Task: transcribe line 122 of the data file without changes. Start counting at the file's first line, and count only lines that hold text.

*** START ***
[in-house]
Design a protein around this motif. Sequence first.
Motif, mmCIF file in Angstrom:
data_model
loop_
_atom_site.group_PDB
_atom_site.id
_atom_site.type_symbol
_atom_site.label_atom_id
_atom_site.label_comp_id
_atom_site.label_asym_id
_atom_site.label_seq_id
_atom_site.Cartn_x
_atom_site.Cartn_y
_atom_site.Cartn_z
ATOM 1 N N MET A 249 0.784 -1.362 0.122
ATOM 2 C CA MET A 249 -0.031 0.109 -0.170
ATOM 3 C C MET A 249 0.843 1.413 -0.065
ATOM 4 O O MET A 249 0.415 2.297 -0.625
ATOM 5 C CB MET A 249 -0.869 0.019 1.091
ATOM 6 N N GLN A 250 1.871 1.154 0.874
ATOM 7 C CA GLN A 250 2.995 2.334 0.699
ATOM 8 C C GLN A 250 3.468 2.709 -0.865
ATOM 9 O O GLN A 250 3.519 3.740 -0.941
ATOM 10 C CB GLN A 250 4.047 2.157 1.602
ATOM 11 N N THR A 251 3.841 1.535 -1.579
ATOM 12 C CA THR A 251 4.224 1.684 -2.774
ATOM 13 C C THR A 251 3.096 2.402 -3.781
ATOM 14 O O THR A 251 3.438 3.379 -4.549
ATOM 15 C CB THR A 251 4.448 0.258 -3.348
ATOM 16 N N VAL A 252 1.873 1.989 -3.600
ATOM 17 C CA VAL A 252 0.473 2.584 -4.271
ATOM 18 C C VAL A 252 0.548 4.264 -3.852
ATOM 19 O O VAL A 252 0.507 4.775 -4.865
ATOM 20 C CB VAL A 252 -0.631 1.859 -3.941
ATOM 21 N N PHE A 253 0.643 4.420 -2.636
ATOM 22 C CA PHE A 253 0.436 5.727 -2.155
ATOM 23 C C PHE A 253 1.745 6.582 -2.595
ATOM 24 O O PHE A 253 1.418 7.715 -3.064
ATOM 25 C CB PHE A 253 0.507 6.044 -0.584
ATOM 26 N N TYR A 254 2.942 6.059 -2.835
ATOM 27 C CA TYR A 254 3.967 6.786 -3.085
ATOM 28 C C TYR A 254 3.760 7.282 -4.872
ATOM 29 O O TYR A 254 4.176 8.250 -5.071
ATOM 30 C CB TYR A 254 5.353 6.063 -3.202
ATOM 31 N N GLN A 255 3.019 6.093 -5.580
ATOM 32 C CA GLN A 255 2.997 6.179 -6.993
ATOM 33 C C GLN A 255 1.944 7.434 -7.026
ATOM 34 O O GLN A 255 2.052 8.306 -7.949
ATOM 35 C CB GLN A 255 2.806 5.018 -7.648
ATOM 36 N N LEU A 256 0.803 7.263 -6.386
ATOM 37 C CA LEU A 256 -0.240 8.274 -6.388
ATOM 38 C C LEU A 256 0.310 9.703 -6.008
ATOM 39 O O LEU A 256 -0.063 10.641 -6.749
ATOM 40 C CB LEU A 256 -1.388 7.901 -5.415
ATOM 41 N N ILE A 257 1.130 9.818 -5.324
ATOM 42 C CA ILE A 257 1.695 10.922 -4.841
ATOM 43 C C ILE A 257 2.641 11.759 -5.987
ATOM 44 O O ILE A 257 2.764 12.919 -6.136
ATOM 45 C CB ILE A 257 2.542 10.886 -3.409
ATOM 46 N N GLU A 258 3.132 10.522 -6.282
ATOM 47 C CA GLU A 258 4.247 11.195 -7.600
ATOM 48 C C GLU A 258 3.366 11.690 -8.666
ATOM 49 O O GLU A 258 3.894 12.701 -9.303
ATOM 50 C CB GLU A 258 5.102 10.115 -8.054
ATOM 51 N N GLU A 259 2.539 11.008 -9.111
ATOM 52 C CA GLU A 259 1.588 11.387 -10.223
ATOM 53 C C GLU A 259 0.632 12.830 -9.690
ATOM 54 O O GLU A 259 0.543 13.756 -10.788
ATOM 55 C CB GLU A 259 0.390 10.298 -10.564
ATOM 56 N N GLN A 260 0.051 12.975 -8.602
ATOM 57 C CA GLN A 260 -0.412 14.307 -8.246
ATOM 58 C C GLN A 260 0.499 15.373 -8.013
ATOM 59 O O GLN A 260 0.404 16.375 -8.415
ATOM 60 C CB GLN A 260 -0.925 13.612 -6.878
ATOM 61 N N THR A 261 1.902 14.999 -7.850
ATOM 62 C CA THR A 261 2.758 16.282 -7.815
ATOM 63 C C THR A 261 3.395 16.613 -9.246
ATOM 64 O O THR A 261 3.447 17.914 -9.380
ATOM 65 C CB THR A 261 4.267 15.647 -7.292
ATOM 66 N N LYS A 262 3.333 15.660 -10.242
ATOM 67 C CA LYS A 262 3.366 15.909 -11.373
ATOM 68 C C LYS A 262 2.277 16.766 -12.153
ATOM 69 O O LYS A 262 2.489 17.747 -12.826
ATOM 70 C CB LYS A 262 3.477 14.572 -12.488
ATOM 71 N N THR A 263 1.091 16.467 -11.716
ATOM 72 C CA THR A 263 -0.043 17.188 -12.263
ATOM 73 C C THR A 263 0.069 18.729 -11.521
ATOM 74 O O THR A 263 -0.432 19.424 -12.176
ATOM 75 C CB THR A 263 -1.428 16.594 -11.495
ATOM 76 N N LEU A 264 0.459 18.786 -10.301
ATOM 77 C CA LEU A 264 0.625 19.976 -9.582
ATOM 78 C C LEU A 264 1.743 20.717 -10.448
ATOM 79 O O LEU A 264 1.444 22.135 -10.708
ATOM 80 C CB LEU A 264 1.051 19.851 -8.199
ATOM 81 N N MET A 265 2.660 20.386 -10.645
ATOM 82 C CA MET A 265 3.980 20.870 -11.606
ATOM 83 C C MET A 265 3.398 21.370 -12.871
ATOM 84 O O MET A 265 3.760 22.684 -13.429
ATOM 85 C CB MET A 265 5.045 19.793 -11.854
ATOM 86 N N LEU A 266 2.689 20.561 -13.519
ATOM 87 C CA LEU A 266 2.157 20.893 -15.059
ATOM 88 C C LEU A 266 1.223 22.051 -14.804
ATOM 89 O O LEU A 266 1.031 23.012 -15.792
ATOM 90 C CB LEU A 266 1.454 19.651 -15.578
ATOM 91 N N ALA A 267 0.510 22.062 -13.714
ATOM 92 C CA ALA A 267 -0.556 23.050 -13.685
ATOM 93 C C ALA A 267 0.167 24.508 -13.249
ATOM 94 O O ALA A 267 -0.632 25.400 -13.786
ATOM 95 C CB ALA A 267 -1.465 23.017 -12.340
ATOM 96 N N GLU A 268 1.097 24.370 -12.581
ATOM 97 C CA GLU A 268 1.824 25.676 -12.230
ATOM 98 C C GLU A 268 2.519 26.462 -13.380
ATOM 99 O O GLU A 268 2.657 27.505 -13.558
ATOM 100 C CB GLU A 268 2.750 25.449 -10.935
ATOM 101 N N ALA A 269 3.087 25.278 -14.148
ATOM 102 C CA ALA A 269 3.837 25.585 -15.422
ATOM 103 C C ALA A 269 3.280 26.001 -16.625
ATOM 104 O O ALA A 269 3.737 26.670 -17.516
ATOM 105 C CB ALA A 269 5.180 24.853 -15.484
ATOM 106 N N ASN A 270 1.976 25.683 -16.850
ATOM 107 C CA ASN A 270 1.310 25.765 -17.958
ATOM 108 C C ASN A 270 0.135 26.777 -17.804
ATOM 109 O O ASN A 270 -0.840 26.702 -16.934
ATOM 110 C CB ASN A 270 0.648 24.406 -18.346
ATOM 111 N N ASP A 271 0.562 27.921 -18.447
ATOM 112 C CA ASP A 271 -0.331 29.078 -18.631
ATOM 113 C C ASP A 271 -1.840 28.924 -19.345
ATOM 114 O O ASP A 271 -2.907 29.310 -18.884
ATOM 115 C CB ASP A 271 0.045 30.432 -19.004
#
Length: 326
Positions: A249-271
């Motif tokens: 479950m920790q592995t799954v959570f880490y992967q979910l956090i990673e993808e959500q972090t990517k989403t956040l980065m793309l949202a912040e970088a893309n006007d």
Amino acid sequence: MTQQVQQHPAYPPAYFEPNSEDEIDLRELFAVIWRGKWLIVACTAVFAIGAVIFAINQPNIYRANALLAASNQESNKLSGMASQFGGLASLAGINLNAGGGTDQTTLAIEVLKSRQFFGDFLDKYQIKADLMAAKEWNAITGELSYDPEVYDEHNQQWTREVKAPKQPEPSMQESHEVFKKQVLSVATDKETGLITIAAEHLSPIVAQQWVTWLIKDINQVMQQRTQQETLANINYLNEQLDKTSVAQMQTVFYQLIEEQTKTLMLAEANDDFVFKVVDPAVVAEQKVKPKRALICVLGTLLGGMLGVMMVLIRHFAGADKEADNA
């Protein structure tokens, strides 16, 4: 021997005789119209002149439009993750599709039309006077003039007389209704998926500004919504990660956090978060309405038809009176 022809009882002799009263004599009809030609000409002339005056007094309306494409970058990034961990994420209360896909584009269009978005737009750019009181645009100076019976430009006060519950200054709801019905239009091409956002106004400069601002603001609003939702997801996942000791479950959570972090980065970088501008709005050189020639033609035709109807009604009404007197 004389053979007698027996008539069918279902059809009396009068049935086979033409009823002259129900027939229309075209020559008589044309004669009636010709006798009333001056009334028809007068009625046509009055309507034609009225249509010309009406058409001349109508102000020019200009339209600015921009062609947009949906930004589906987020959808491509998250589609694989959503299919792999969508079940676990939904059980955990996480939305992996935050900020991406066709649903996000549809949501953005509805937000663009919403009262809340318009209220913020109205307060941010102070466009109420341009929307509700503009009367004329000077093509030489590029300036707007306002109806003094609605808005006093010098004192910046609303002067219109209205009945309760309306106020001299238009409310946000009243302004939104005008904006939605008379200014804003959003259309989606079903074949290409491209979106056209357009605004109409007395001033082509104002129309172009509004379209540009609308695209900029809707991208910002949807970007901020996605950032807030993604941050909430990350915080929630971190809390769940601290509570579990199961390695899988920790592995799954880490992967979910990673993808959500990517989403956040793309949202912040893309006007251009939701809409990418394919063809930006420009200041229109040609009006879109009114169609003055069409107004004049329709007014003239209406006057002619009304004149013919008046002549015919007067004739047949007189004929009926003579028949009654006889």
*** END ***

ATOM 107 C CA ASN A 270 1.310 25.765 -17.958